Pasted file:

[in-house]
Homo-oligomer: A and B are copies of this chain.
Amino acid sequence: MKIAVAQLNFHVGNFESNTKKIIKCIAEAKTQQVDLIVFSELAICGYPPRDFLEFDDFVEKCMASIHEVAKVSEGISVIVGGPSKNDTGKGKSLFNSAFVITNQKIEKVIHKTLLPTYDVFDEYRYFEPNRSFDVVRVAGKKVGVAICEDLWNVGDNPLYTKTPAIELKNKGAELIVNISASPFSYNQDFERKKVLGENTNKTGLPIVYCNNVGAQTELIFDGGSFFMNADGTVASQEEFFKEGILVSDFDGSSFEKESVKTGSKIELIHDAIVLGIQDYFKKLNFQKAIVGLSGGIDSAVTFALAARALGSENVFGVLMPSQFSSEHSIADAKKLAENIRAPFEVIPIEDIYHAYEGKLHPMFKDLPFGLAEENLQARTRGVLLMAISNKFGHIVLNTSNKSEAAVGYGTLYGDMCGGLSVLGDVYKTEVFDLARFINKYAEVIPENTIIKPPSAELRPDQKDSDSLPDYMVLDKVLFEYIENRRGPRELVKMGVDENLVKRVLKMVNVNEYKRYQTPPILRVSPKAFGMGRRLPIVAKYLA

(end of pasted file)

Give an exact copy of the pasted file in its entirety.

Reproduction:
[in-house]
Homo-oligomer: A and B are copies of this chain.
Amino acid sequence: MKIAVAQLNFHVGNFESNTKKIIKCIAEAKTQQVDLIVFSELAICGYPPRDFLEFDDFVEKCMASIHEVAKVSEGISVIVGGPSKNDTGKGKSLFNSAFVITNQKIEKVIHKTLLPTYDVFDEYRYFEPNRSFDVVRVAGKKVGVAICEDLWNVGDNPLYTKTPAIELKNKGAELIVNISASPFSYNQDFERKKVLGENTNKTGLPIVYCNNVGAQTELIFDGGSFFMNADGTVASQEEFFKEGILVSDFDGSSFEKESVKTGSKIELIHDAIVLGIQDYFKKLNFQKAIVGLSGGIDSAVTFALAARALGSENVFGVLMPSQFSSEHSIADAKKLAENIRAPFEVIPIEDIYHAYEGKLHPMFKDLPFGLAEENLQARTRGVLLMAISNKFGHIVLNTSNKSEAAVGYGTLYGDMCGGLSVLGDVYKTEVFDLARFINKYAEVIPENTIIKPPSAELRPDQKDSDSLPDYMVLDKVLFEYIENRRGPRELVKMGVDENLVKRVLKMVNVNEYKRYQTPPILRVSPKAFGMGRRLPIVAKYLA